Philosophy

Philosophy is the study of general and fundamental problems, such as those connected with reality, existence, knowledge, values, reason, mind, and language. Philosophy is distinguished from other ways of addressing such problems by its critical, generally systematic approach and its reliance on rational argument. The word "philosophy" comes from the Greek φιλοσοφία (philosophia), which literally means "love of wisdom". In more casual speech the "philosophy" of a particular person can refer to the beliefs held by that person.

Read more about Philosophy:  Areas of Inquiry, Etymology, History, Applied Philosophy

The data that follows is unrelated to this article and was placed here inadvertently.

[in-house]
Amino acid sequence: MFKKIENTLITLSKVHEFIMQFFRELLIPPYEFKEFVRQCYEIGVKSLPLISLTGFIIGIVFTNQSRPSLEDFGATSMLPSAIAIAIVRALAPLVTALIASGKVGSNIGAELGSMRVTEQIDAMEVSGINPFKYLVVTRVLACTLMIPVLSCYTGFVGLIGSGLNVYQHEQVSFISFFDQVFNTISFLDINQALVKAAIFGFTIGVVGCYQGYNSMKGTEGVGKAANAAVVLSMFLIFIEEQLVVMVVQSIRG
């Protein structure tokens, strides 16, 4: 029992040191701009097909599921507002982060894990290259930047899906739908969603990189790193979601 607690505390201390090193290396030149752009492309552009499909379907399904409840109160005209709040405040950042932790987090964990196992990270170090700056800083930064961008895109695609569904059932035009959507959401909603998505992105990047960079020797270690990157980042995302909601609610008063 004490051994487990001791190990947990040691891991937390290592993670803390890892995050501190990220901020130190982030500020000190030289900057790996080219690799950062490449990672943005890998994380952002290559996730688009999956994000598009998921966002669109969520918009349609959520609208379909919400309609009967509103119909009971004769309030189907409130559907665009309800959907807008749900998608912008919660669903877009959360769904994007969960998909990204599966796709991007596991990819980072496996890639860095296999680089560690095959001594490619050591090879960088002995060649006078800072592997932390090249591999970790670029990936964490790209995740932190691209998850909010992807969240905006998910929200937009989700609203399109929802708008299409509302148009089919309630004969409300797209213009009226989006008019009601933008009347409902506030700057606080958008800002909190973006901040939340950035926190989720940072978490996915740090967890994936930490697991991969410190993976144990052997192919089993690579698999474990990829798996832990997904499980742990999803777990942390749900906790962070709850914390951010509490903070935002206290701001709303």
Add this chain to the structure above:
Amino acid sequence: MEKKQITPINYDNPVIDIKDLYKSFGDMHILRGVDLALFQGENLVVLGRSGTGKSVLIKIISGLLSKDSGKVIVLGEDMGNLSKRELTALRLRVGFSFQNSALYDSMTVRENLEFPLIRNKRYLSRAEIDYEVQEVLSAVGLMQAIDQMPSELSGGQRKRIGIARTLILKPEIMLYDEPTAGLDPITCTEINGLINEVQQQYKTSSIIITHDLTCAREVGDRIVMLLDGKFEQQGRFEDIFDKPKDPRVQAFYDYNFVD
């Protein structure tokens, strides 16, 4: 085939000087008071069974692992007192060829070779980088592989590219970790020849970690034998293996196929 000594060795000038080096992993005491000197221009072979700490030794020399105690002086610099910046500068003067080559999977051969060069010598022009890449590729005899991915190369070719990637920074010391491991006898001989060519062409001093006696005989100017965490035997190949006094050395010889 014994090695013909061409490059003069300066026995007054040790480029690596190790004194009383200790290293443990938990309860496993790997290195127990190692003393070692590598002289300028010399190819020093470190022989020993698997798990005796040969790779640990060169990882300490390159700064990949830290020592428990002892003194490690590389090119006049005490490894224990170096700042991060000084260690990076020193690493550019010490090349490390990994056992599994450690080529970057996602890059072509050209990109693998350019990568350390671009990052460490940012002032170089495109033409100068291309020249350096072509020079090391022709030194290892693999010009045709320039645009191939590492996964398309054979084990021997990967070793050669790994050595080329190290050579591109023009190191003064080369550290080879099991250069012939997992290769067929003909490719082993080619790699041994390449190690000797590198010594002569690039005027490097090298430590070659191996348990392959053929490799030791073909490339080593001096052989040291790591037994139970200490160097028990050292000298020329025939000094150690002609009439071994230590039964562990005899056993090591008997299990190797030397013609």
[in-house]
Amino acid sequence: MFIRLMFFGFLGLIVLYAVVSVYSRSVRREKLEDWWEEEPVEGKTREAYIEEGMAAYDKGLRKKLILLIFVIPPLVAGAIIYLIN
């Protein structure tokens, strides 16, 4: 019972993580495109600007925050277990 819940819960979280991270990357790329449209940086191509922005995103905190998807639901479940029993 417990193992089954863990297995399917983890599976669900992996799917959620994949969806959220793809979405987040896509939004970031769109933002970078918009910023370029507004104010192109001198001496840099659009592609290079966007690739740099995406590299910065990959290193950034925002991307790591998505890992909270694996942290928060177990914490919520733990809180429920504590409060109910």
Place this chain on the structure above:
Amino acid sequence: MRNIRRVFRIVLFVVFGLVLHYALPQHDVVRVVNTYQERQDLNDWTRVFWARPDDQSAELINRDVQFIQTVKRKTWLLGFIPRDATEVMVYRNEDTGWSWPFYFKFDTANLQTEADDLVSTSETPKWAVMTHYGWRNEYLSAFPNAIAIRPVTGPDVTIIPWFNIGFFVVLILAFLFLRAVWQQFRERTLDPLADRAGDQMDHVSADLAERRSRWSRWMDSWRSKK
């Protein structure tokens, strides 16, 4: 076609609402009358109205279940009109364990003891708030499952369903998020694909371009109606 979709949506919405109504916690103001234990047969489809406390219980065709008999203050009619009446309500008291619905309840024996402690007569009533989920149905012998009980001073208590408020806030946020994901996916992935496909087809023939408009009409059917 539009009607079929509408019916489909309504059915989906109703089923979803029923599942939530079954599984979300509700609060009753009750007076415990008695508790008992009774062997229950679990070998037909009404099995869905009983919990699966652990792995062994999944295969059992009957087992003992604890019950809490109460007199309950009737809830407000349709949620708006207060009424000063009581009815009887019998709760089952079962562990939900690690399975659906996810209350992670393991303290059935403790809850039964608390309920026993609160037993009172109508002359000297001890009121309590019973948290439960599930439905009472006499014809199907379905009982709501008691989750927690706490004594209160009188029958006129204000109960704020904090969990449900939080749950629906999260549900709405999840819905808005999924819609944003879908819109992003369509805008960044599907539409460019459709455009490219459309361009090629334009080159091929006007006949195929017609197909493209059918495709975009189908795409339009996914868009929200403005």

Famous quotes containing the word philosophy:

    Why does philosophy use concepts and why does faith use symbols if both try to express the same ultimate? The answer, of course, is that the relation to the ultimate is not the same in each case. The philosophical relation is in principle a detached description of the basic structure in which the ultimate manifests itself. The relation of faith is in principle an involved expression of concern about the meaning of the ultimate for the faithful.
    Paul Tillich (1886–1965)

    The philosopher’s conception of things will, above all, be truer than other men’s, and his philosophy will subordinate all the circumstances of life. To live like a philosopher is to live, not foolishly, like other men, but wisely and according to universal laws.
    Henry David Thoreau (1817–1862)